On May 10,2010, our farm played host to a group of exchange students from Kuujjuac, QUE. While we were outside talking about the farm and our ecosystem approach to raising food, the kids were struck by the number and variety of birds flying around, everywhere we walked. Now, for those of you who don’t know where Kuujjuac is, it’s east of Hudson’s Bay, just west of Torngat Park in Labrador. A long, long way up!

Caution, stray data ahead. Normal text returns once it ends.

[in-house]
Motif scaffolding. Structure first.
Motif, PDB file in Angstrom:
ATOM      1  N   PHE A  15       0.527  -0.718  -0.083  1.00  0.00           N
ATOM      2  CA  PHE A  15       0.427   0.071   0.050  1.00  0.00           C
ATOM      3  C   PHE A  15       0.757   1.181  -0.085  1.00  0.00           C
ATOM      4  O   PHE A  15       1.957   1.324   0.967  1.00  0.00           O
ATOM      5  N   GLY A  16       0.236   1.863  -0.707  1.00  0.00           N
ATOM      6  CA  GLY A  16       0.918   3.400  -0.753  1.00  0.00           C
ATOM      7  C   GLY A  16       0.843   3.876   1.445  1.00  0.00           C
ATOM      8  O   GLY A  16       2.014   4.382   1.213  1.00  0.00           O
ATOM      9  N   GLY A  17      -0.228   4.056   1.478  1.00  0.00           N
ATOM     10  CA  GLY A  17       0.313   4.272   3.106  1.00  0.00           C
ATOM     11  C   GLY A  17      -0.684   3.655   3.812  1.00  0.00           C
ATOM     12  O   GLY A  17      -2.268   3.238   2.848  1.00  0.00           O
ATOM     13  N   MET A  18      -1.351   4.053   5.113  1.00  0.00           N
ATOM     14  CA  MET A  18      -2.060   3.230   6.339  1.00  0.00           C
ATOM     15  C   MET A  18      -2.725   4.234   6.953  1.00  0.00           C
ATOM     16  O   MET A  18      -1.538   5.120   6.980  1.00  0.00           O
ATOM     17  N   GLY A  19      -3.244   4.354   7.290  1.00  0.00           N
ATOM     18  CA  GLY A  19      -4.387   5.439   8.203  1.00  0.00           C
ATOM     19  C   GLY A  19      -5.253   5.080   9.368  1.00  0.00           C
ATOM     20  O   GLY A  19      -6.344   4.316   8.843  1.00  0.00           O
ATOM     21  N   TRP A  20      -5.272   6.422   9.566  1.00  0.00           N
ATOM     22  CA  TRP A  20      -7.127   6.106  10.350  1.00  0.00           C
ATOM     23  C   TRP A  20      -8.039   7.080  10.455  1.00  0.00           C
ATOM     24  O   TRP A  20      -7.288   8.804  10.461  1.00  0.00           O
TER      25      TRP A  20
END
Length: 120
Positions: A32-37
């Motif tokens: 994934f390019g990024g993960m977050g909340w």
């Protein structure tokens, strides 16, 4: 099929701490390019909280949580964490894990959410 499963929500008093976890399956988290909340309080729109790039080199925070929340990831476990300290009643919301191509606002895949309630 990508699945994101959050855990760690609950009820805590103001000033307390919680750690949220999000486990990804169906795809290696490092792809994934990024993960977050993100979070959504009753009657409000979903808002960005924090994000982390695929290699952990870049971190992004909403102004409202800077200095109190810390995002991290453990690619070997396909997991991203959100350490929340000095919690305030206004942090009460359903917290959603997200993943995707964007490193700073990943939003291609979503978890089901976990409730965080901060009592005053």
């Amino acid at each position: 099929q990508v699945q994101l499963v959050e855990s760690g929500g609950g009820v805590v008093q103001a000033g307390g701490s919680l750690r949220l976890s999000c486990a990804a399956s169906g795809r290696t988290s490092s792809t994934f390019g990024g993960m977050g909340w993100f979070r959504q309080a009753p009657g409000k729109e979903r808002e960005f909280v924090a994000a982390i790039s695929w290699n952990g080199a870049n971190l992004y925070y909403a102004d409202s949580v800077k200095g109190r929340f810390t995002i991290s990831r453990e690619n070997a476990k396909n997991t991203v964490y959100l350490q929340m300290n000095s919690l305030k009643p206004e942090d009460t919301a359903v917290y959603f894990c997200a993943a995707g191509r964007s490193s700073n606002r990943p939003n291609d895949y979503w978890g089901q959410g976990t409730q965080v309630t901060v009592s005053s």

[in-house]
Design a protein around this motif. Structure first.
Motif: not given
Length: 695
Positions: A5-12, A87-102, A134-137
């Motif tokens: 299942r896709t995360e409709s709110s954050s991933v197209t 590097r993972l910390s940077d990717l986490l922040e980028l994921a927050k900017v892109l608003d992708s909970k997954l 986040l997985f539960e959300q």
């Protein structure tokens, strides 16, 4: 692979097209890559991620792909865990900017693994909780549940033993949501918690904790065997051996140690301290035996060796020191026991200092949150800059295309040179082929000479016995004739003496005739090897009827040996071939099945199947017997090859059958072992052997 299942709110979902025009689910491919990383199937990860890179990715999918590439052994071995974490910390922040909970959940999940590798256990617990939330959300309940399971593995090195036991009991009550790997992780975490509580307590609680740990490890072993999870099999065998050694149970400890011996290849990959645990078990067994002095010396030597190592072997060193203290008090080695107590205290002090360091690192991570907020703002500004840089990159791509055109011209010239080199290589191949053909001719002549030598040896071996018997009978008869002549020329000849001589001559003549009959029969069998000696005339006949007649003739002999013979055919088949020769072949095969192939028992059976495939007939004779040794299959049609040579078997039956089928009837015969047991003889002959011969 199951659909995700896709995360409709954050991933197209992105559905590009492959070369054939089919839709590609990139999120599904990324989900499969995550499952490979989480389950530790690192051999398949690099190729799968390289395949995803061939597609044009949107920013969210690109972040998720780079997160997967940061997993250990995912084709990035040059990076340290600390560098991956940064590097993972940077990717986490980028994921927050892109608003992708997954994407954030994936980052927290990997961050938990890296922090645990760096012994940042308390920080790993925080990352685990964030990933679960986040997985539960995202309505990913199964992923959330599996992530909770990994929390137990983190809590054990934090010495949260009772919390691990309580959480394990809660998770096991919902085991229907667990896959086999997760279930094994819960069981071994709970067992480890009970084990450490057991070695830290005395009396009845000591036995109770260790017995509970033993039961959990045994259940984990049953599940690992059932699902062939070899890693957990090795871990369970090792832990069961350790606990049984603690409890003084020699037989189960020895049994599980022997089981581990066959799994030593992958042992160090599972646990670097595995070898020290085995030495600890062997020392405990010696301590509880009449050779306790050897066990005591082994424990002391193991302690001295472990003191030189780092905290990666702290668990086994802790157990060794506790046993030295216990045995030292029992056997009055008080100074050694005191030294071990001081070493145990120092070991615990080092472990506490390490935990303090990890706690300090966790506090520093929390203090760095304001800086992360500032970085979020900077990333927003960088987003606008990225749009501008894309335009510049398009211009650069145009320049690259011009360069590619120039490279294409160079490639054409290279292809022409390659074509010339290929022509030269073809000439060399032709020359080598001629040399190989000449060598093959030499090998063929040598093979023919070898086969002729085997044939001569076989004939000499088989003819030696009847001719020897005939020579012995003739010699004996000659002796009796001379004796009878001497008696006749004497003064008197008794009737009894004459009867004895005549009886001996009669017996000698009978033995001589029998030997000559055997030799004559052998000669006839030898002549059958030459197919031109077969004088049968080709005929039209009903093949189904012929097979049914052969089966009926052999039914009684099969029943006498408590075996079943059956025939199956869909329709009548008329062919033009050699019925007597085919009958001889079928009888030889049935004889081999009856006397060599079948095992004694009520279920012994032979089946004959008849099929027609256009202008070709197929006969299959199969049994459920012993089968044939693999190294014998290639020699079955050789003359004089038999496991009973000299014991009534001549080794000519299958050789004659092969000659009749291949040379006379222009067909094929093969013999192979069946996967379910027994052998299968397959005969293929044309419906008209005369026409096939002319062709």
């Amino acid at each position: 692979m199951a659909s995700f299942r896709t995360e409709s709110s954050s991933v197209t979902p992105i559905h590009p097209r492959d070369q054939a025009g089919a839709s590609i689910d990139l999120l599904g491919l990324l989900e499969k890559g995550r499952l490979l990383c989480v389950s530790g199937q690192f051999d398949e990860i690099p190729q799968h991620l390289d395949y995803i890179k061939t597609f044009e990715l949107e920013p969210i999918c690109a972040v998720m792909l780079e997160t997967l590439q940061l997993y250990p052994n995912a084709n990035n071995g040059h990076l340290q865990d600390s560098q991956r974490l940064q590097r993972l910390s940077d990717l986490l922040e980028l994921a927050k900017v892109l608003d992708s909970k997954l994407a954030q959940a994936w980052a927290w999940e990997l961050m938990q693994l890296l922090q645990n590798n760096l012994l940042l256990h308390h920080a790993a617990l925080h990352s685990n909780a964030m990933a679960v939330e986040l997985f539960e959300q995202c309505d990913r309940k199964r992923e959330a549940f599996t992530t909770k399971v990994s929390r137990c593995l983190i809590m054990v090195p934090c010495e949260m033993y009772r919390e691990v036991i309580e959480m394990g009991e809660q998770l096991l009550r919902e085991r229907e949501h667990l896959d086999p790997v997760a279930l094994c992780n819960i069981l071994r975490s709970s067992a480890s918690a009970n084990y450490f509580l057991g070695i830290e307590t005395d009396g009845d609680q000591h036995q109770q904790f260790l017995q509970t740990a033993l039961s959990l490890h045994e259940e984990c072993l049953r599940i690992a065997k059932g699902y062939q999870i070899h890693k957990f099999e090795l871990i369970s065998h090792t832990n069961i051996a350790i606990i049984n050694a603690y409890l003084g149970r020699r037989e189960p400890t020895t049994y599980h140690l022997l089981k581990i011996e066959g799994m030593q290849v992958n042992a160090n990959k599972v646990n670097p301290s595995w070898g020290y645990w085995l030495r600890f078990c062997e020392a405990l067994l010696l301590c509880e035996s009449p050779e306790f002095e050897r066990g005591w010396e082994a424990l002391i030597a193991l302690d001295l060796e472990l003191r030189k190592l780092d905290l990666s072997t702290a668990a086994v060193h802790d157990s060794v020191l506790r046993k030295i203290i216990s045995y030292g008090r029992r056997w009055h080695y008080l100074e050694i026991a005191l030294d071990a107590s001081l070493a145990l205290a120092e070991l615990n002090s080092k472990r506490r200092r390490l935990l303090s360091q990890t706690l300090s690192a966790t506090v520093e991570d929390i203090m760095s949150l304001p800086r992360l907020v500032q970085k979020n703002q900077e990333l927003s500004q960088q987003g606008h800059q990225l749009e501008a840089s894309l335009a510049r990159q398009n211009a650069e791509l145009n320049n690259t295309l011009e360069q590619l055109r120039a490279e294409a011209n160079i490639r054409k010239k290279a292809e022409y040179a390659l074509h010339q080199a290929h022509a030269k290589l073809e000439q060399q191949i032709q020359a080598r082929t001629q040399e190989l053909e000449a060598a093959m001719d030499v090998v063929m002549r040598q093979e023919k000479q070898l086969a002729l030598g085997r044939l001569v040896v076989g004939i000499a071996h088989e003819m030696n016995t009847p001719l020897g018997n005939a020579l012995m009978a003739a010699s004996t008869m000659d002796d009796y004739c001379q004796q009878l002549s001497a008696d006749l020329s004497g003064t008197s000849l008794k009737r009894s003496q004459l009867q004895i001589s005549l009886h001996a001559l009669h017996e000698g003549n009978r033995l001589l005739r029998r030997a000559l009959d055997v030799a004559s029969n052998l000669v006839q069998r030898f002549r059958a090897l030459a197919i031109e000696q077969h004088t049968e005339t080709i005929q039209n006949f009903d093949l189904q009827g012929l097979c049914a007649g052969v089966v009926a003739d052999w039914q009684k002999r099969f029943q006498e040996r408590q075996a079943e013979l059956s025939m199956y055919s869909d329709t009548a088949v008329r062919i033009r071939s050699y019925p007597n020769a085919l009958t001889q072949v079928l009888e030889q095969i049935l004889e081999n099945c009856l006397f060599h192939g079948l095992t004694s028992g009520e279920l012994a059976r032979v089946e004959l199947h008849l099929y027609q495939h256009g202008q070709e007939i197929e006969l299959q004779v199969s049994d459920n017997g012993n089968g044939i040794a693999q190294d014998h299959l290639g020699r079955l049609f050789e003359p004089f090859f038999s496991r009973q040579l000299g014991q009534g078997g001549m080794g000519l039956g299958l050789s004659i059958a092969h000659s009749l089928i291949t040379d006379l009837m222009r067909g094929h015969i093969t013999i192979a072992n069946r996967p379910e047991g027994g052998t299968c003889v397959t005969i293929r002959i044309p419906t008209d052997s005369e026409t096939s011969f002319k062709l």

One of the bird songs that seemingly punctuated every sentence I spoke, was a White-crowned sparrow. They arrive at our farm each year, around May 10th, and stay for a week or so. I pointed out to the kids that this bird had migrated up to our farm from it’s wintering ground in Florida, and was heading farther north to it’s breeding grounds, in, amongst other places, Kuujjuac. This was a very timely example of how interconnected our food systems are, and how the actions and attitudes of consumers in Kuujuac can impact on ecosystems and food production sytems in Sebringville, ONT, and vice versa. This is true of course, even if no food changes locations, for it’s the wildlife that inhabits those locations that are moving. If we, as farmers, are in such a rush to polish our public profile by calling ourselves “stewards of the land”, shouldn’t we at least bother to learn what else we share our valuable agricultural ecosytem with? It was a pleasure to host these kids and expose them to what we consider to be an example of how food should be crafted, with respect for quality, health, and the enviromnent. It was also a pleasure to let them taste something they could pick right out of the field and eat, fresh and healthy – spicy mustard greens!